50

When looking at the source code for Integer.parseInt(String s, int radix) (java 8, 1.8.0_131), I found the following comment block:

/*
* WARNING: This method may be invoked early during VM initialization
* before IntegerCache is initialized. Care must be taken to not use
* the valueOf method.
*/

While I understand the first part about the IntegerCache, I don't understand why there's a warning about valueOf, and why in this context.

I see that valueOf() relies on parseInt(), but I still don't get why there's this warning.

Can someone explain what exactly the comment warns me about (and the context where valueOf shouldn't be used), and what could possibly go wrong.

Edit:

The code in Integer.valueOf(int i) seems to have changed since the other question from the comment below was asked, it is now

public static Integer valueOf(int i) {
    if (i >= IntegerCache.low && i <= IntegerCache.high)
        return IntegerCache.cache[i + (-IntegerCache.low)];
    return new Integer(i);
}

and should be save from the assertion error before.

55

Can someone explain what exactly the comment warns me about (and the context where valueOf shouldn't be used), and what could possibly go wrong.

The Integer class creates and maintains a cache of Integer objects representing small integer values; by default, values in the range -128 to 127 are covered (more discussion here, here, and many other places). Integer.valueOf() will return an object from this cache when its argument represents a number in the range. The comment is warning that parseInt() must not rely on valueOf() because the former may be invoked before that cache is populated.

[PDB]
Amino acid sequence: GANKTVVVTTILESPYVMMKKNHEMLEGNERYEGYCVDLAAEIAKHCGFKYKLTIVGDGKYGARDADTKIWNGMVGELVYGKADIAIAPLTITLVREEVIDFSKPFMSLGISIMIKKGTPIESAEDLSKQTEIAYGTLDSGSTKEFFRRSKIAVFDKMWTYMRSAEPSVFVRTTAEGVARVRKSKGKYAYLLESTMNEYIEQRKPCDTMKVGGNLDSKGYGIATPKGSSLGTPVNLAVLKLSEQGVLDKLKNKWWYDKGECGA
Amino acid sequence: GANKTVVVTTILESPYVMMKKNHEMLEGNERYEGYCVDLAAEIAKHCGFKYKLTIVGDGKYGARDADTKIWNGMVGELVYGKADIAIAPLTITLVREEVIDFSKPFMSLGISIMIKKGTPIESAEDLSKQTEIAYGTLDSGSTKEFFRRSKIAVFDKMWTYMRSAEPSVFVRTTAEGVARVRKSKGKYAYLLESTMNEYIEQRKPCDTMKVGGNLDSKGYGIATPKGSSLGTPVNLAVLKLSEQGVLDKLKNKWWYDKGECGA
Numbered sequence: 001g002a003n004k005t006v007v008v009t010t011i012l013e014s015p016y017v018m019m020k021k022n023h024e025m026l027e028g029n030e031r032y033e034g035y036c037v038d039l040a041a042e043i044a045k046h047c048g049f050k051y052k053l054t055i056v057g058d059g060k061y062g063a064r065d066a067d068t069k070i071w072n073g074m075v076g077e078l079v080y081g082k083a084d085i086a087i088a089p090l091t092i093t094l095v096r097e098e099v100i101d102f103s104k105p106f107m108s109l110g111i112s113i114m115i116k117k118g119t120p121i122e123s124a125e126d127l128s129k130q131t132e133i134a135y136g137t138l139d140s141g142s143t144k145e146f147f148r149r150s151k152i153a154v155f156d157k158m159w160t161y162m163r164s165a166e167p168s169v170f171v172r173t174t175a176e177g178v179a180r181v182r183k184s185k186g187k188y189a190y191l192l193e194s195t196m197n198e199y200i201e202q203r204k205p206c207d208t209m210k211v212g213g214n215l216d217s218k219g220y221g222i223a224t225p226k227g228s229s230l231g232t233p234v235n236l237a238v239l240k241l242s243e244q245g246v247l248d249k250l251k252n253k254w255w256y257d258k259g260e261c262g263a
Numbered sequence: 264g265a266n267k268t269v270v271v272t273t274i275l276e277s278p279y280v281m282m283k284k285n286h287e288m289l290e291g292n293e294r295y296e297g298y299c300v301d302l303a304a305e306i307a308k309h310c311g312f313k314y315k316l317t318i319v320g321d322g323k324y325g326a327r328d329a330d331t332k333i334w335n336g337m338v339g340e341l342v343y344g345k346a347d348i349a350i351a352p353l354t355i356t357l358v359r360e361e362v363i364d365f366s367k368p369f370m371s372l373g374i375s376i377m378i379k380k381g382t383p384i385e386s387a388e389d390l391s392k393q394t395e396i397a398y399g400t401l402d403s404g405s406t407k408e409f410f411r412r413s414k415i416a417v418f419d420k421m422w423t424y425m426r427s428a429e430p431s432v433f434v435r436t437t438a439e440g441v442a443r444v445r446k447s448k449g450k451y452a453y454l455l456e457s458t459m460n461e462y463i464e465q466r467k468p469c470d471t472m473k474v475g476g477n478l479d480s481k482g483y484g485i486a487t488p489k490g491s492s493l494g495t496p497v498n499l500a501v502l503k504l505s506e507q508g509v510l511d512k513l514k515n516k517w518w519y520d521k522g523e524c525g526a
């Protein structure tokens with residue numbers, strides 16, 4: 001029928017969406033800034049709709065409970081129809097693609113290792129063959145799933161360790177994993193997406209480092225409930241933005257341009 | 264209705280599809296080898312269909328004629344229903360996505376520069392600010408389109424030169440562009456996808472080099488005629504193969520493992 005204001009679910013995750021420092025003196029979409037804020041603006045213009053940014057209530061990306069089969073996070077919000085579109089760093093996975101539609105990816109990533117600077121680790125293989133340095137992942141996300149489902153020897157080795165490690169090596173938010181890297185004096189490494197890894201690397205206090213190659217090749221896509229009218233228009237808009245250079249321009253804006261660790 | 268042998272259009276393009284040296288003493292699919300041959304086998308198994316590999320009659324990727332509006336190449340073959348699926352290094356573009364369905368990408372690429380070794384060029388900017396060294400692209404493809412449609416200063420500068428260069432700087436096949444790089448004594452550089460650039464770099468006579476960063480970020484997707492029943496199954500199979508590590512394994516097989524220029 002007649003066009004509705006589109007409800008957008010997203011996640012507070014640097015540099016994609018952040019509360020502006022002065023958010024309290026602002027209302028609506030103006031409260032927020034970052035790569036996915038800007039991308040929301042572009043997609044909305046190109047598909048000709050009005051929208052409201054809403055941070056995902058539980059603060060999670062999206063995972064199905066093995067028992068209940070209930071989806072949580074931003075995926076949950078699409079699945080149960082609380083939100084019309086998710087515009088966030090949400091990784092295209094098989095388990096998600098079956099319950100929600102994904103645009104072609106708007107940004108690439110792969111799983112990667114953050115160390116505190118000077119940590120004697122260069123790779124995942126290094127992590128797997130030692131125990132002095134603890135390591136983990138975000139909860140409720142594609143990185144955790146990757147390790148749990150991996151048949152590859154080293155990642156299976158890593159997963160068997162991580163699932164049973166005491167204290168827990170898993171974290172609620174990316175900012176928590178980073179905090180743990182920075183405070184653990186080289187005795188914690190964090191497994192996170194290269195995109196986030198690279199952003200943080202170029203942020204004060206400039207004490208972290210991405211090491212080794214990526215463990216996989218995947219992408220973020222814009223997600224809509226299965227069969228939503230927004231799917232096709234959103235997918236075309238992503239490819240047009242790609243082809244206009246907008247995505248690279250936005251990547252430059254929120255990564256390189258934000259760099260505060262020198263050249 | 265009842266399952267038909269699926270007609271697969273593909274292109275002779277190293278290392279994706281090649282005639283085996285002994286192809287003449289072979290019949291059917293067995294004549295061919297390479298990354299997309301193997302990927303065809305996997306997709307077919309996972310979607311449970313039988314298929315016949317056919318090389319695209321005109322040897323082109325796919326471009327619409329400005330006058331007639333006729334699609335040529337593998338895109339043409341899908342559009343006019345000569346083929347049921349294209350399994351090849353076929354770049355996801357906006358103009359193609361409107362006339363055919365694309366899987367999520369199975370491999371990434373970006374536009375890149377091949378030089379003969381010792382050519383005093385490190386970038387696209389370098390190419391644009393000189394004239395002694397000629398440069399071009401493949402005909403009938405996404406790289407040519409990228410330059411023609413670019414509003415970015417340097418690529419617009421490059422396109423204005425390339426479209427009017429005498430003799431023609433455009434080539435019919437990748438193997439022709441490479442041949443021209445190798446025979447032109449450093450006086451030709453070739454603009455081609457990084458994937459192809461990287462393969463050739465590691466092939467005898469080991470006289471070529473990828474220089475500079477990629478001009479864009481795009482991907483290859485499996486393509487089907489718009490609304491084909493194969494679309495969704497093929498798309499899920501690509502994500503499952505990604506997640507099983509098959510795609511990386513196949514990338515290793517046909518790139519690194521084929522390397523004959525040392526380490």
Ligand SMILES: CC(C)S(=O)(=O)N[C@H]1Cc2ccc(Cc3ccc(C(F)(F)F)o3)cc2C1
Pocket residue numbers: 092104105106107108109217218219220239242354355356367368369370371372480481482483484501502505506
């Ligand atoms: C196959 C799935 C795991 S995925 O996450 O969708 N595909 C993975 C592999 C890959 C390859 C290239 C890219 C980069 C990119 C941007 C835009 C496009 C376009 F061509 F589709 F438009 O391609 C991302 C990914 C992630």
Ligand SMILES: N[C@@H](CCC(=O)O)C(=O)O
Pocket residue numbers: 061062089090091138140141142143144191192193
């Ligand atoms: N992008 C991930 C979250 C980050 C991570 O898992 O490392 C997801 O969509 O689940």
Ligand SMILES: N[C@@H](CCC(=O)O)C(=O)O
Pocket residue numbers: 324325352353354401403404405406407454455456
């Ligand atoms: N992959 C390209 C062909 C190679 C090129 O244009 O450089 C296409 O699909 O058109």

The misbehavior that could be expected in that case is not specified, and conceivably might vary between Java versions, but plausible possibilities are that null would be returned or an exception (NullPointerException, IndexOutOfBoundsException, ...) would be thrown.

In any case, this is an internal comment in the implementation, not a comment to users of class Integer. By the time any user code runs, the necessary cache initialization is complete, and Integer.valueOf() can be relied upon to behave fully as its API documentation describes.

36

The source code is (almost) just for reference, the javadoc does not contain that warning because it is only intended for the developers of Java itself.

It is probably a warning since there was some problem or bug caused by someone using the valueOf method to code the parseInt method which can be called before the internal cache is initialized.

In other words, that warning is not intended for you, assuming you are not changing the Integer class!

  • 1
    thanks, BTW nice question - was not aware of that warning – Carlos Heuberger Jun 19 '17 at 18:00
  • I was quite confused when I read it... :D – Michael Jun 19 '17 at 18:00
  • If you're subclassing Integer, this is definitely something you need to know. – Isaac Rabinovitch Jun 22 '17 at 19:33
  • @IsaacRabinovitch subclassing Integer should not be possible (without cheating) since the Integer class is declared final – Carlos Heuberger Jun 22 '17 at 20:01
  • @CarlosHeuberger I stand corrected. – Isaac Rabinovitch Jun 23 '17 at 0:08

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